In the end Mr. Schumer and Mrs. Pelosi’s speech was no more a success than the president’s: it broke no new ground, didn’t even try to persuade. Trevor Noah caught the mood: They looked as if the hostess at IHOP just told them there’s no senior discount.
Mr. Schumer and Mrs. Pelosi should stop. They should end the drama.
Who cares if it’s a wall, a fence, a bulwark, a barrier, smart tech, increased personnel? Get it done. Climb down. Make a deal.
Who cares how both sides spin the outcome, claim bragging rights, issue the cleverest taunt?
Just solve it. It’s been 20 years.
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What’s this have to do with Internet Monk?
The author of 1Timothy writes, “First of all, then, I urge that supplications, prayers, intercessions, and thanksgivings should be made for everyone, for kings and all who are in high positions, so that we may lead a quiet and peaceable life in all godliness and dignity” (1Tim 2:1-2).
We must look at a text like this in a different light as members of a democratic republic. In our system of government, the people actually hold the authority (under the ultimate rule of law) and our elected representatives are the servants of the people. We sometimes view them as the ones in power and I have heard many biblical passages like this taught (incorrectly) from that perspective. But we have no “kings” and those in government are not “authorities” over us. They represent us and it is our duty to hold them accountable.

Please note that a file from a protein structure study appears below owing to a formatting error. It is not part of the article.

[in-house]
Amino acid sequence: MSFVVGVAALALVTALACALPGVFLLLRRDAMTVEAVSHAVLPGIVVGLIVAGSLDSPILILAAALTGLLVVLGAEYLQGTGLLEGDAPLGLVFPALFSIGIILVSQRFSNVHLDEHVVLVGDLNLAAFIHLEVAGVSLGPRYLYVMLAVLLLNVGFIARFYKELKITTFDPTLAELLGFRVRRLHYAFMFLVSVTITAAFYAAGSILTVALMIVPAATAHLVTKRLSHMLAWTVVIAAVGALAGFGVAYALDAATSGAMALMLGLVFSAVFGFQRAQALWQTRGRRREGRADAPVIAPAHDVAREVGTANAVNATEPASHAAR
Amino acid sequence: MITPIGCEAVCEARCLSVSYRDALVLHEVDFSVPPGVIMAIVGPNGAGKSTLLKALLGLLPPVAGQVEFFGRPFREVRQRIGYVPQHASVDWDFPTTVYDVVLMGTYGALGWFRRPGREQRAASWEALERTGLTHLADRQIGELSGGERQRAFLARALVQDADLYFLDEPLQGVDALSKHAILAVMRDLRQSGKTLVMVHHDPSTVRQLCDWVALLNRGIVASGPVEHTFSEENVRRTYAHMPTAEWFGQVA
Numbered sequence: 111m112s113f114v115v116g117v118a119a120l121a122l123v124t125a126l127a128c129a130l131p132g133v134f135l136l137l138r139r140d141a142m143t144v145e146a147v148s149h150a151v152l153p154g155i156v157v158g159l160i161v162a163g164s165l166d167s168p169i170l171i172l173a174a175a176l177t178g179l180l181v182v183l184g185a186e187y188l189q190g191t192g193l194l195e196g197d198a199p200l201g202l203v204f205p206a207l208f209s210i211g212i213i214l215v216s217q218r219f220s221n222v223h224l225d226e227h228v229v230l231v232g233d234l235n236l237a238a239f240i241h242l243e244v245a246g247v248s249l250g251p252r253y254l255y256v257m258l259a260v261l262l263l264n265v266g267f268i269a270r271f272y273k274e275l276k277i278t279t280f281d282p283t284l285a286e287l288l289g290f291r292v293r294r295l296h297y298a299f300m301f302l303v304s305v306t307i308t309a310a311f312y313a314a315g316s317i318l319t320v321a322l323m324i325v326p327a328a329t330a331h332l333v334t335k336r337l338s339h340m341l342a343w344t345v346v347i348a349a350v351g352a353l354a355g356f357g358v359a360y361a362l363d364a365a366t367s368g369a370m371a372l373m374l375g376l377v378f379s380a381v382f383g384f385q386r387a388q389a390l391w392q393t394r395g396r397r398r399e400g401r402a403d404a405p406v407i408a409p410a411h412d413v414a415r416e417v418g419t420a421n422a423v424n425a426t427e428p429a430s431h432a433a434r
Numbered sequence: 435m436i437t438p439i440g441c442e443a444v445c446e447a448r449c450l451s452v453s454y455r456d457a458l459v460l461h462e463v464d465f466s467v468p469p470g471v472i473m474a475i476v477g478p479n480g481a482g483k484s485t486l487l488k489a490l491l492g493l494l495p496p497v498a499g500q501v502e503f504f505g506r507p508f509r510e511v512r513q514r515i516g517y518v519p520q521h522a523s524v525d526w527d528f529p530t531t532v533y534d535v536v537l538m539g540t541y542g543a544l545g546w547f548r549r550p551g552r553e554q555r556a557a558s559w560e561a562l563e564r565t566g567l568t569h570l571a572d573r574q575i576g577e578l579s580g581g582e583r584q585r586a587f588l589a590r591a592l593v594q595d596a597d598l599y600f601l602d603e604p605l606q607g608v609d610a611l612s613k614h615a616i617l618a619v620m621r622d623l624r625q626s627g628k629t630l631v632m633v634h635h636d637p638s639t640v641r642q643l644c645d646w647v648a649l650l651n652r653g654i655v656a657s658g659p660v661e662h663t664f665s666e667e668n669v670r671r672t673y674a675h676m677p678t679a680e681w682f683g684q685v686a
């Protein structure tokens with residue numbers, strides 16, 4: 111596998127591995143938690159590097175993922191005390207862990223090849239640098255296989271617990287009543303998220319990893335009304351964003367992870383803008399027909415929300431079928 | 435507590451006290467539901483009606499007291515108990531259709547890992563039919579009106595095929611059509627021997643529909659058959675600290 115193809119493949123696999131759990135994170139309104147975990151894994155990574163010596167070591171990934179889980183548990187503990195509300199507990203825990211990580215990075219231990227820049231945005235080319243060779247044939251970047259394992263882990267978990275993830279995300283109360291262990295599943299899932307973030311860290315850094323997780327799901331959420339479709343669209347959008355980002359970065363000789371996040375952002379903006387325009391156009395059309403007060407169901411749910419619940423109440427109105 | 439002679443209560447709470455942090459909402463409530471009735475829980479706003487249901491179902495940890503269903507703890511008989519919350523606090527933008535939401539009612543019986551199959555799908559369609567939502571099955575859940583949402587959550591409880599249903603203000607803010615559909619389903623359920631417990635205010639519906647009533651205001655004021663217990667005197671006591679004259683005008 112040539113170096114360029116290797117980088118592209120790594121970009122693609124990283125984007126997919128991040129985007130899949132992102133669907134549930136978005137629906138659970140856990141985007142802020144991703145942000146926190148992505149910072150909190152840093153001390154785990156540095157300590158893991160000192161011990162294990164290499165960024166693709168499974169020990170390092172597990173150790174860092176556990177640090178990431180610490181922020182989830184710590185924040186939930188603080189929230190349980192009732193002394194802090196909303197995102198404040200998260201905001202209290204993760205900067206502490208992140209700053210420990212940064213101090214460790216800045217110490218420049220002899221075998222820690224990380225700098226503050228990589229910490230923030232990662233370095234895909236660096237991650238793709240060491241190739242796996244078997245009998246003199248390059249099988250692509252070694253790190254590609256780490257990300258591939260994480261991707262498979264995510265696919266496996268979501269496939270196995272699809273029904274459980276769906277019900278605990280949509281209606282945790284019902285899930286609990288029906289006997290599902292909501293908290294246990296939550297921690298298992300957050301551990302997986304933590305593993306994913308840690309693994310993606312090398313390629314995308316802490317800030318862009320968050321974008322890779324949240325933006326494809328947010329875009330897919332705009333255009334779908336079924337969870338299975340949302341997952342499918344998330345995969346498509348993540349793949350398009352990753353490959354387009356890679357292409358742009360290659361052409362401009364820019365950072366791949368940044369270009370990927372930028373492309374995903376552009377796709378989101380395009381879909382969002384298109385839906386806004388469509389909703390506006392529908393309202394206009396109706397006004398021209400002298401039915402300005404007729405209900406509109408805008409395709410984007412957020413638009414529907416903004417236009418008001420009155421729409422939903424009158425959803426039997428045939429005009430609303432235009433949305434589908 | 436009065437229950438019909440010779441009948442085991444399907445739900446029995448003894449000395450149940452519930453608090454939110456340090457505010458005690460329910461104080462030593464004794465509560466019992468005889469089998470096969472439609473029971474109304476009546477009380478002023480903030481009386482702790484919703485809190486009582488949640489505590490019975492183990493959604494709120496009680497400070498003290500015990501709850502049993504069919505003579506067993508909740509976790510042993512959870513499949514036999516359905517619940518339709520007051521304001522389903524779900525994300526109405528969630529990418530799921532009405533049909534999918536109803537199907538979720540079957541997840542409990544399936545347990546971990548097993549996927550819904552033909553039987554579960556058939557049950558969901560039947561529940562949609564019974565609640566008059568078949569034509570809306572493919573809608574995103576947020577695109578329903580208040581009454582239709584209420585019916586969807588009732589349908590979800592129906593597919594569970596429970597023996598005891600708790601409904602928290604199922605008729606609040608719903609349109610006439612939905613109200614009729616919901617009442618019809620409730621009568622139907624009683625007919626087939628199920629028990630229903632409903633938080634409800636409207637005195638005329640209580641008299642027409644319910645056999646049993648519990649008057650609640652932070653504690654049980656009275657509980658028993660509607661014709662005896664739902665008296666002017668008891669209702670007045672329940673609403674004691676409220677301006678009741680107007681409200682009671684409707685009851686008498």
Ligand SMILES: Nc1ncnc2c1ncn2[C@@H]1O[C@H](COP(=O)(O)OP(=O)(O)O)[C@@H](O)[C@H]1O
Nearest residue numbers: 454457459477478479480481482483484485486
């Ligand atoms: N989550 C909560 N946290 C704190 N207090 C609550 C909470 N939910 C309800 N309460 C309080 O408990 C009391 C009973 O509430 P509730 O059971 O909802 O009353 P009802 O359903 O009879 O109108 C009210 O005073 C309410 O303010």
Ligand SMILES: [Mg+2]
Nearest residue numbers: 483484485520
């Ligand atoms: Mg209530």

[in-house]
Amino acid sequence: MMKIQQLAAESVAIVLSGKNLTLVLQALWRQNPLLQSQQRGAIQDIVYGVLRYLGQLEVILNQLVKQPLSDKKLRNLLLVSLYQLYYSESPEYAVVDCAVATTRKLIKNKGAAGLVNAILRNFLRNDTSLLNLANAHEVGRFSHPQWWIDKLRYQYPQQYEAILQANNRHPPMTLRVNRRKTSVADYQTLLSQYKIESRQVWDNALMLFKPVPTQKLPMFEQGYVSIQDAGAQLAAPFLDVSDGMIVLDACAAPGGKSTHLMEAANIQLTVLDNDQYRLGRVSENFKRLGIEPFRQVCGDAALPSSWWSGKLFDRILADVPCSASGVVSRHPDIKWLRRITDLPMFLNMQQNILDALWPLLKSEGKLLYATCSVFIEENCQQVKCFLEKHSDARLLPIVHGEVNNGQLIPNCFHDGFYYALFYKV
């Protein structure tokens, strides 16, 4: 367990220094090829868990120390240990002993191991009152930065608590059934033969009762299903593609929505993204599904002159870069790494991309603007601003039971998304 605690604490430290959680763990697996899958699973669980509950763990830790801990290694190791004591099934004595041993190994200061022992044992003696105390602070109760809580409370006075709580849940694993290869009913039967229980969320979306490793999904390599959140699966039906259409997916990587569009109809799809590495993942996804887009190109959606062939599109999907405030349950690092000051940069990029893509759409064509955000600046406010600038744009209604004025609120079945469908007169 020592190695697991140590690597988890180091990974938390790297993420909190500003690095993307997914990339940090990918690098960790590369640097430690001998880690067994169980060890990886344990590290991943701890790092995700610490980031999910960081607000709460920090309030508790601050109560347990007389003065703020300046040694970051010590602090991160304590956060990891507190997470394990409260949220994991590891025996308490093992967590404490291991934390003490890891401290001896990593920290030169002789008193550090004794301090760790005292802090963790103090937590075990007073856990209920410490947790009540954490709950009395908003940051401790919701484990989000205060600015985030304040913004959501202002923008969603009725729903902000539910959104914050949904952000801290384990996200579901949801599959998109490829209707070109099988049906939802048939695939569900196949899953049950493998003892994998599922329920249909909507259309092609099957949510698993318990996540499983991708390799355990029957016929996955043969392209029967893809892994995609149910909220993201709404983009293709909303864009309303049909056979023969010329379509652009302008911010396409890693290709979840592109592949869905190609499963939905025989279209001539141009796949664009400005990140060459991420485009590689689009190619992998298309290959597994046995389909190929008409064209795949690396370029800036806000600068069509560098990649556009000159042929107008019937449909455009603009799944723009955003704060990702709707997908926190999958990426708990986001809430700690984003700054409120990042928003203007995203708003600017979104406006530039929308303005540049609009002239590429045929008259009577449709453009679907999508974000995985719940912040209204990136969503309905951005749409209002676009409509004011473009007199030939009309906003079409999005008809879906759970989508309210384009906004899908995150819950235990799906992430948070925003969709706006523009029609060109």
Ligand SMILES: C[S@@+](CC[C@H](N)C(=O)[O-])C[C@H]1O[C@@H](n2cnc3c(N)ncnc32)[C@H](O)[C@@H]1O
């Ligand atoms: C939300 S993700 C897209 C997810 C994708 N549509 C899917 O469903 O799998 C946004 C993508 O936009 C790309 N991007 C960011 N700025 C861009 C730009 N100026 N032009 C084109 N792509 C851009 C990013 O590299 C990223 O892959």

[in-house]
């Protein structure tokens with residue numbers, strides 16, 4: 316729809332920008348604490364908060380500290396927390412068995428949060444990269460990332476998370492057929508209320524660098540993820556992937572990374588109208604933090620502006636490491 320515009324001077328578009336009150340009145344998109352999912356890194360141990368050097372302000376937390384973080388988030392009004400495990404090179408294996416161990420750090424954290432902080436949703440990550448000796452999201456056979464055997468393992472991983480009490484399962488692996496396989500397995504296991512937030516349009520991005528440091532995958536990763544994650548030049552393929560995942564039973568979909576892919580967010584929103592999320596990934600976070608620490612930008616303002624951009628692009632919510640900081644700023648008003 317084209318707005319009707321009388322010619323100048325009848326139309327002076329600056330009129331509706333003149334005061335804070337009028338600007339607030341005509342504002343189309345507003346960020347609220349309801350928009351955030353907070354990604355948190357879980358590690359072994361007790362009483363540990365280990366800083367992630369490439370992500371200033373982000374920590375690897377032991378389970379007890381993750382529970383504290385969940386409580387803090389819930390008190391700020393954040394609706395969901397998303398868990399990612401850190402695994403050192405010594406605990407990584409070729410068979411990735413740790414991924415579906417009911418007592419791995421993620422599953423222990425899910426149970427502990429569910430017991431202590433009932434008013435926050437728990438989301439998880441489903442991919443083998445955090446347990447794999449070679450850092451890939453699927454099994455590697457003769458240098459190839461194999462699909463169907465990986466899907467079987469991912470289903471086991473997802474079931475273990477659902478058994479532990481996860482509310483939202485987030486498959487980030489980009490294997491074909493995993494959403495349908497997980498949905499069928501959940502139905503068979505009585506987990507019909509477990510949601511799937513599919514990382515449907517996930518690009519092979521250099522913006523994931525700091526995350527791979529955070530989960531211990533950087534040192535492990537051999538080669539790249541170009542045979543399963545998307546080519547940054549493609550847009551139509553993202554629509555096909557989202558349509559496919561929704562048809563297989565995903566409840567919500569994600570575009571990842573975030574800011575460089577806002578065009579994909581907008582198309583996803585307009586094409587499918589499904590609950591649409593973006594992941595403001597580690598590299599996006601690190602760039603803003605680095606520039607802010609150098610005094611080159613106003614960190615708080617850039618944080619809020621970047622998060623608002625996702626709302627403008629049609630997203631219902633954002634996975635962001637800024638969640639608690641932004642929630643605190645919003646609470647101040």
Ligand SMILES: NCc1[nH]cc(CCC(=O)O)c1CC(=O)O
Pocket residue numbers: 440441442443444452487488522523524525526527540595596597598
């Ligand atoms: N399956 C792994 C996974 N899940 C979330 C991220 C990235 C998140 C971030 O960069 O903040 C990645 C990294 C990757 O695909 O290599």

The goal remains the same: that we may lead quiet and peaceable lives of godliness and dignity. And various types of prayer are always appropriate in supporting our public servants. But in addition, faithful living in a modern democratic society allows for and requires much more.
Internet Monk is here to explore and encourage Jesus-shaped spirituality, and that is not confined to private devotion. It is my opinion that in a situation like this government shutdown, Jesus, in the tradition of the prophets, would encourage us all to both trust in God and work for justice and peace, especially for the most vulnerable.
We should require that our representatives speak the truth to us, and only support those who do.
We should encourage bipartisan cooperation, which involves sacrifice and compromise for the sake of the common good.
Through the various means that are open to us as citizens, we should communicate these values to our representatives and hold them accountable through giving or withholding our support and our votes.
This is not just about being good Americans, it is about being good followers of the One who teaches us to pray that his kingdom will come and his will be done on earth as in heaven.
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NO COMMENTS TODAY
Think (and pray) about these things.